There's a wonderful English expression, "the world is her oyster" , which means that you are free and confident and adventurous enough to open up that which the world offers, and to find the pearls awaiting you.
I first just wanted to show you some pictures I took today of a couple of the beautiful children of our students at the Lutheran Theological Seminary of Hong Kong.
This little girl, for example, who is totally loved by her parents, and there's her brother, absorbed in learning new things about the world around him and the Slinky (made in the USA and sold in China :) which really does still walk down steps just the way it used to when I was a kid.
The third photo is of our newest father-to-be, whose first child is expected in the next few weeks. We are teaching him the culinary secrets of Wisconsin brats (also made in the USA and sold in grocery stores here in Hong Kong :)
But I also need to tell you about some of the children in my classes at the Primary School this week. It was a tough day. Teachers were obviously stressed. The first grade class with a high number of special needs kids was especially demanding. I saw a couple of sharp pencils go flying through the air. The songs I had chosen for them seemed too wild, and they danced around, rather than singing with the song. (I am not a trained special ed teacher. Make that, I am not a trained teacher, period!) One boy, a 4th grader, was sobbing uncontrollably in the hallway. Several of the 6th graders, who have reportedly gone through 6 years of daily English lessons, did not seem capable of answering the most basic English questions during our small group time.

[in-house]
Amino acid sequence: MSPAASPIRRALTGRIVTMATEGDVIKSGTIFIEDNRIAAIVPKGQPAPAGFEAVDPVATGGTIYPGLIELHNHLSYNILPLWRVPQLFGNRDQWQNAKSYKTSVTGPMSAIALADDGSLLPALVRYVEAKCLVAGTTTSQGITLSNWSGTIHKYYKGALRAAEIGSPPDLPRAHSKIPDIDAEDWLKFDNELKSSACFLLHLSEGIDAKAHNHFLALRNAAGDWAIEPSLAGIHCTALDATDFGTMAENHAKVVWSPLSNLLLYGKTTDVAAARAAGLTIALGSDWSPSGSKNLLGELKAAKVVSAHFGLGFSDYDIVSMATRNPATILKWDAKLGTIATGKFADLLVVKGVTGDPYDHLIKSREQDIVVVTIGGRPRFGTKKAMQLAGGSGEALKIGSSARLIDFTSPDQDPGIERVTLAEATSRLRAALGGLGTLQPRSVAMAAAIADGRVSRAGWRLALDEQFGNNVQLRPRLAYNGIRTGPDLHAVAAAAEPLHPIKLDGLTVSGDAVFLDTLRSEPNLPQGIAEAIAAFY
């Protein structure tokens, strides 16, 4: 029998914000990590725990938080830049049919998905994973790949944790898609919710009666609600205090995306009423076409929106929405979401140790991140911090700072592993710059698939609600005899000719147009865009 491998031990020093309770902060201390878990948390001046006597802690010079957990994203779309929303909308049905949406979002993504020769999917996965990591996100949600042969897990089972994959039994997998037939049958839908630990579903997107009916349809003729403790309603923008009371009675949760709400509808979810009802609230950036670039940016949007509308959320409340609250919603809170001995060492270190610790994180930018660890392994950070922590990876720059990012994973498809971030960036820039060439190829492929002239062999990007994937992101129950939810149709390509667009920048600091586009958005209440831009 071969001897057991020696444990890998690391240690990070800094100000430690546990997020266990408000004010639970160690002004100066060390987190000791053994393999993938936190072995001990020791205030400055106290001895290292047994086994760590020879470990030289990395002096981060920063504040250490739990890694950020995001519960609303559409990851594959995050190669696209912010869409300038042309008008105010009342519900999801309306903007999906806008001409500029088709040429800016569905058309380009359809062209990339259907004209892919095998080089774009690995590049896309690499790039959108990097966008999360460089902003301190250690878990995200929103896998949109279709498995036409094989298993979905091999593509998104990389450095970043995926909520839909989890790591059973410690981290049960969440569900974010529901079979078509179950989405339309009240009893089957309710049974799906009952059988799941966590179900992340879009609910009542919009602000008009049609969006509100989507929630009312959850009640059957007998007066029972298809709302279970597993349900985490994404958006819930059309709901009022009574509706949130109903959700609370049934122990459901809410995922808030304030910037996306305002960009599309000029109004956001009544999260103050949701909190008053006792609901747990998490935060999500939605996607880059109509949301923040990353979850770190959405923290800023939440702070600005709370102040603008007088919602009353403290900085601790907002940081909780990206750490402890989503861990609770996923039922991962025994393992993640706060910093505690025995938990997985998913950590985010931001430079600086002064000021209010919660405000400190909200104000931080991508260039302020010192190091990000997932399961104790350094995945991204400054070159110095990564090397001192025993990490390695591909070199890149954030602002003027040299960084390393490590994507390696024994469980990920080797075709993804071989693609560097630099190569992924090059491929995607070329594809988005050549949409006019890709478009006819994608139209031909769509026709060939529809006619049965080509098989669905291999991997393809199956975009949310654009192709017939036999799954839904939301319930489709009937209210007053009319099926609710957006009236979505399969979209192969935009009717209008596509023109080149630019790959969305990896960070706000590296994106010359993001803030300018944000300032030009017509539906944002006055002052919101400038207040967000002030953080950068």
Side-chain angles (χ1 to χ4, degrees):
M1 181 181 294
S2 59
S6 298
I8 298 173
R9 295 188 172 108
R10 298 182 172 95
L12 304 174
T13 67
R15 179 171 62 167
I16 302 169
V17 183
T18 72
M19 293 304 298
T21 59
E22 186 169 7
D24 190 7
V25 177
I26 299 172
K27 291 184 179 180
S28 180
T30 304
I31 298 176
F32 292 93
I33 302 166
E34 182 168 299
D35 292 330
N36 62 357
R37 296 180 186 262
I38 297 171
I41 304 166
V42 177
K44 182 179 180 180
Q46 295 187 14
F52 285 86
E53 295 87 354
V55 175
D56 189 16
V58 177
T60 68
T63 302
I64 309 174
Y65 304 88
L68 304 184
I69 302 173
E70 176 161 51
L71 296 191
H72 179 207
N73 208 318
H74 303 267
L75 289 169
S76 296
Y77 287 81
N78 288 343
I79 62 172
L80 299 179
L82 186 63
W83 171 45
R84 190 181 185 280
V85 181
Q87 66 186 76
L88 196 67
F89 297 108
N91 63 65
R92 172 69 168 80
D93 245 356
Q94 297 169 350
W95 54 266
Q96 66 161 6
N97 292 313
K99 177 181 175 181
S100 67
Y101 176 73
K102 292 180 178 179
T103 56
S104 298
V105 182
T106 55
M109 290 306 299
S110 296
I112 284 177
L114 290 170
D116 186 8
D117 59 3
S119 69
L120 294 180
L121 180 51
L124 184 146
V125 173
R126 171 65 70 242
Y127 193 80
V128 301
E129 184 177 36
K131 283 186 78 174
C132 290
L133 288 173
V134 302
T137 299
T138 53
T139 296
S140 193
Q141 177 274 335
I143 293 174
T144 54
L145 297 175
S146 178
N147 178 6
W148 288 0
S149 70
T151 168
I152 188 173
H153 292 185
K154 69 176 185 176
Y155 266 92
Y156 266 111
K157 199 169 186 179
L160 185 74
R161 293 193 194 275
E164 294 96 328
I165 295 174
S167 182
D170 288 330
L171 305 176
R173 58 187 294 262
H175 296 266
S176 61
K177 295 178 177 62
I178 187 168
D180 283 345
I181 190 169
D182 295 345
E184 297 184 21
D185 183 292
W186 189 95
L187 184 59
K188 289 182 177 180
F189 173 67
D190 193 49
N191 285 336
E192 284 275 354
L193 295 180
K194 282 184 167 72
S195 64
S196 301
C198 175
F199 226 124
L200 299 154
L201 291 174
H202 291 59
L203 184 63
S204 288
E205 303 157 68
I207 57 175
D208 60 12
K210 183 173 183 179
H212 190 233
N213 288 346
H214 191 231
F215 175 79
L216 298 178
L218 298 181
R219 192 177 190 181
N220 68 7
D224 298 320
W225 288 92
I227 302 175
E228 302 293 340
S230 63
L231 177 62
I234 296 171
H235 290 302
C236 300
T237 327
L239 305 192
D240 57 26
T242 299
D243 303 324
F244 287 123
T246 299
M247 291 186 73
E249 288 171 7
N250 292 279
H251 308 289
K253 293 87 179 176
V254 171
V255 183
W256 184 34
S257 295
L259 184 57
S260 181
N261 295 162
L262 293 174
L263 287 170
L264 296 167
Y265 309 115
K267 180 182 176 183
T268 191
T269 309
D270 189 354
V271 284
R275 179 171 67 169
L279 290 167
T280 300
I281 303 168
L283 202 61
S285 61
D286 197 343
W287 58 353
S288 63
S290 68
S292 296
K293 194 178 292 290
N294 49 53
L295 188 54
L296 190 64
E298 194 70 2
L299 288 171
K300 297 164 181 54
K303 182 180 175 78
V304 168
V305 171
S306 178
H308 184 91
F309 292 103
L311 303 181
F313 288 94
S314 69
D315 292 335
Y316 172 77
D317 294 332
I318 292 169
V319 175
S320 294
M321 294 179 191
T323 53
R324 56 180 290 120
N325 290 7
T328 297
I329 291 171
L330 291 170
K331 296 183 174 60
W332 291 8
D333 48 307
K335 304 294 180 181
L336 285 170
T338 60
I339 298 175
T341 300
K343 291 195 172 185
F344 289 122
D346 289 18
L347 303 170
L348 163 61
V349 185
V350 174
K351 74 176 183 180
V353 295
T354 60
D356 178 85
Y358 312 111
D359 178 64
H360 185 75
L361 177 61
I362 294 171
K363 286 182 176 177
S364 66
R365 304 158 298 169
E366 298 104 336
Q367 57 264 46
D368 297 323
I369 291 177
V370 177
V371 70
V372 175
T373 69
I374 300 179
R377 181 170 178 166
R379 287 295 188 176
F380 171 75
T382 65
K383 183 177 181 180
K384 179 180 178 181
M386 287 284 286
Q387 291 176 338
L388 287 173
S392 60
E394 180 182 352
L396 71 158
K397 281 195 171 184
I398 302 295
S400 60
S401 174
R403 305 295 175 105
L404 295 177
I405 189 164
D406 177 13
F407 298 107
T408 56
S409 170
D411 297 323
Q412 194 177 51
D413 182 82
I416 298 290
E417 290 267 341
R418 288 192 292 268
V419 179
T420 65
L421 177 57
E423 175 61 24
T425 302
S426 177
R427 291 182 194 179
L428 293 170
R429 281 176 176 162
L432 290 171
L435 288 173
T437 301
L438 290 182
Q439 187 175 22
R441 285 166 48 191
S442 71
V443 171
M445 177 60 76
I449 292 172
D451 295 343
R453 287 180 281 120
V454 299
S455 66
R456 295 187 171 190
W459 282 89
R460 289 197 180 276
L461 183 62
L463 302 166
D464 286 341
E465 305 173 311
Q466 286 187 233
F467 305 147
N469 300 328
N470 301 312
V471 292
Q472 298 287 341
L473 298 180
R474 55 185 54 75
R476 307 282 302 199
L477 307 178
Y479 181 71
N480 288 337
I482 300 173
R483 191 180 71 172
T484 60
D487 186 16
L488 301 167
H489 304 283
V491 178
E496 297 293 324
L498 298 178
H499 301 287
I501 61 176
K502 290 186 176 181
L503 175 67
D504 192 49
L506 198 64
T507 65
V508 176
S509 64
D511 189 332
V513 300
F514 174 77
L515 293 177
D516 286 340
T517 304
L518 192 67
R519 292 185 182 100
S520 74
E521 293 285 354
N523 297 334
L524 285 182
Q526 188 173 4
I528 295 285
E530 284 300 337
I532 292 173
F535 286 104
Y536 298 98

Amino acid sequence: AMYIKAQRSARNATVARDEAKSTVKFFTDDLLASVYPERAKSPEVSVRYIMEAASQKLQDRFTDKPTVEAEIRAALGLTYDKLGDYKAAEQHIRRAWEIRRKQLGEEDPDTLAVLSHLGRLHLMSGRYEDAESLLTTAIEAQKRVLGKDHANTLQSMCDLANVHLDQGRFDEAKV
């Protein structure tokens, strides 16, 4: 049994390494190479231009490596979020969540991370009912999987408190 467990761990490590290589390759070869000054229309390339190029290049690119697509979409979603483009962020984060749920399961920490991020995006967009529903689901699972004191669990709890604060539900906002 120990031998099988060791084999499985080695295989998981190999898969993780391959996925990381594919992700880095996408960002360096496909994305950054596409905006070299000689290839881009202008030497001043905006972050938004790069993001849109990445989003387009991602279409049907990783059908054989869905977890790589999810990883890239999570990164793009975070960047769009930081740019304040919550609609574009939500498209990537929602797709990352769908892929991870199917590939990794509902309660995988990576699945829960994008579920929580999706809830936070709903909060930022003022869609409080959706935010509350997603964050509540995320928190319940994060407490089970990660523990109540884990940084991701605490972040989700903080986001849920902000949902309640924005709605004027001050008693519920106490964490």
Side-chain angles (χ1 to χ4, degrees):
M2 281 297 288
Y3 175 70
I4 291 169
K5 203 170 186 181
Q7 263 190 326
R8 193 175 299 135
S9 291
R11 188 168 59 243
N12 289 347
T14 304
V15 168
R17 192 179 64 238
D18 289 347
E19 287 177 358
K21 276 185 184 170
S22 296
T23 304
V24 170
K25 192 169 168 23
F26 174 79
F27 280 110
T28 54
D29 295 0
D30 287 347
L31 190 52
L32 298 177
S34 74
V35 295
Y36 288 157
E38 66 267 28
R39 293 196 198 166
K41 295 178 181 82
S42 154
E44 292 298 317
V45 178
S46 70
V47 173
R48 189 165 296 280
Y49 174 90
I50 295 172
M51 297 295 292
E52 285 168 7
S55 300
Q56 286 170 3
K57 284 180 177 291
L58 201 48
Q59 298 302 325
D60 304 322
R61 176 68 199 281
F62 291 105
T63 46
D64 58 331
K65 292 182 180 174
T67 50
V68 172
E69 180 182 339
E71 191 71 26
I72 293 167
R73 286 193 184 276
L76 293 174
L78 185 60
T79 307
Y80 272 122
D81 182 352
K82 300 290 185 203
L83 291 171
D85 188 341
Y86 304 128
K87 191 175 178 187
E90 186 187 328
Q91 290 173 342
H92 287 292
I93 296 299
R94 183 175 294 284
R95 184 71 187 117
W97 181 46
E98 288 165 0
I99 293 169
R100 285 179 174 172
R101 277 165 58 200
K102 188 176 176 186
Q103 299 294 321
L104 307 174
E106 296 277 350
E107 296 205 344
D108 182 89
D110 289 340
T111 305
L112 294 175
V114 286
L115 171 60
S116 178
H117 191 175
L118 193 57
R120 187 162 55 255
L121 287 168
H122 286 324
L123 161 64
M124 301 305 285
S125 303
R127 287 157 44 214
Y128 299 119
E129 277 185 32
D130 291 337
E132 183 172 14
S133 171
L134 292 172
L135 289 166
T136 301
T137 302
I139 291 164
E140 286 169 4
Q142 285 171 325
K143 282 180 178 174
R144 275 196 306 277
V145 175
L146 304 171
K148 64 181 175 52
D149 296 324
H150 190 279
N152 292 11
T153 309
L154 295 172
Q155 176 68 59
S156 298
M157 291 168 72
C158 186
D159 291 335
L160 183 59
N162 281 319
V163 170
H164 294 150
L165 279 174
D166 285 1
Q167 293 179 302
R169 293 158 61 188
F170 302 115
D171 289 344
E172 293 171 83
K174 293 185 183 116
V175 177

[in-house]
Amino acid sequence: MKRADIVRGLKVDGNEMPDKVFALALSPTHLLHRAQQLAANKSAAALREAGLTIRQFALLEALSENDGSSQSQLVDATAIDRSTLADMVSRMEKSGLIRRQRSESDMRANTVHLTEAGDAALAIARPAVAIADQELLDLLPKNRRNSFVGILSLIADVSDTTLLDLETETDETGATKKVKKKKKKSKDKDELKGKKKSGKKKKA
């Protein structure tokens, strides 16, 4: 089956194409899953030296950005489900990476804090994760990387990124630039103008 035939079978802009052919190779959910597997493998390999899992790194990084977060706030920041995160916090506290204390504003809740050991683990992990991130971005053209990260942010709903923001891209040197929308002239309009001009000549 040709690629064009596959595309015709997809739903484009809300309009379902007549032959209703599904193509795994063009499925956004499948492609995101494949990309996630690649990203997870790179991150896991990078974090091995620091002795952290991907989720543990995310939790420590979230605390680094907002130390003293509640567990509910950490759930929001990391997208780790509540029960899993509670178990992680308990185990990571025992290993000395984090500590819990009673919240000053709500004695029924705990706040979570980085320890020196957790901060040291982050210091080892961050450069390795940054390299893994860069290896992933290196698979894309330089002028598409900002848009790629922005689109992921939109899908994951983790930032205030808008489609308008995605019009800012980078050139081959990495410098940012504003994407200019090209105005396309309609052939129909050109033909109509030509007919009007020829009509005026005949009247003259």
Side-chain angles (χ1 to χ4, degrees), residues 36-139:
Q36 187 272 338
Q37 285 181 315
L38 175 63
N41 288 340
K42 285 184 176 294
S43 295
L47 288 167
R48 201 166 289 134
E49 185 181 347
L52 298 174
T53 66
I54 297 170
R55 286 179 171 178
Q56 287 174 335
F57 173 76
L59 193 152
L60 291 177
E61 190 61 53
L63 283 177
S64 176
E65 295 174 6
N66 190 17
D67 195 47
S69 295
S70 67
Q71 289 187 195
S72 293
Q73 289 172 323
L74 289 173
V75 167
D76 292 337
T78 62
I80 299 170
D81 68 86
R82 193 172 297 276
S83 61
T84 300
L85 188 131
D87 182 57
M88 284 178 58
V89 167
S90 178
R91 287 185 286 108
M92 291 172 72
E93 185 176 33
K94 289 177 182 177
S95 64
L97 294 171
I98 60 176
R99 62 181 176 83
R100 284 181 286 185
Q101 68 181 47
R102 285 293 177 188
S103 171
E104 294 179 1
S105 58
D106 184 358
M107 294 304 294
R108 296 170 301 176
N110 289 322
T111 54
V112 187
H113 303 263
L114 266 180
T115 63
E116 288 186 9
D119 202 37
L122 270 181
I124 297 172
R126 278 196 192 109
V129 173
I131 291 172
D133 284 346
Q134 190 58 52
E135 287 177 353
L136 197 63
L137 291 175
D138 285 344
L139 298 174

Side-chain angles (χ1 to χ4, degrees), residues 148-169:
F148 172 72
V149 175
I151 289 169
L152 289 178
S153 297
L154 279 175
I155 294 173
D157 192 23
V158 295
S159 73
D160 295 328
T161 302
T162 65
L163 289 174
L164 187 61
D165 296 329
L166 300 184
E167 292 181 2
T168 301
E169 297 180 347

What breaks my heart is that there are a number of obviously bright children, eager and willing to learn... but how will they? Children of wealthier families are attending English & Mandarin-speaking schools, hiring private tutors, and going to music and science camps.
Meanwhile, I suspect, but I do not know, that some of the most difficult children in the Primary School do not have regular medical care, they do not have loving fathers in their home, they do not have the kind of support and care that tells them they can grow up and do anything, become anything. The world is not their oyster.
As Christians, how do we live the breaking in of a new power, which says that all children are precious, and the pearl of great price is not auctioned off for the smartest, richest, savviest bidder, but something hidden and secret, and yet available to us when we look for it, track it down, pry it open, claim it. For all God's children, not just the wealthy and "advantaged" ones.
What do you think? How do you make a difference in educational opportunities for children where you live?
"Again, the kingdom of heaven is like a merchant looking for fine pearls..."--- Jesus, quoted in Matthew 13:45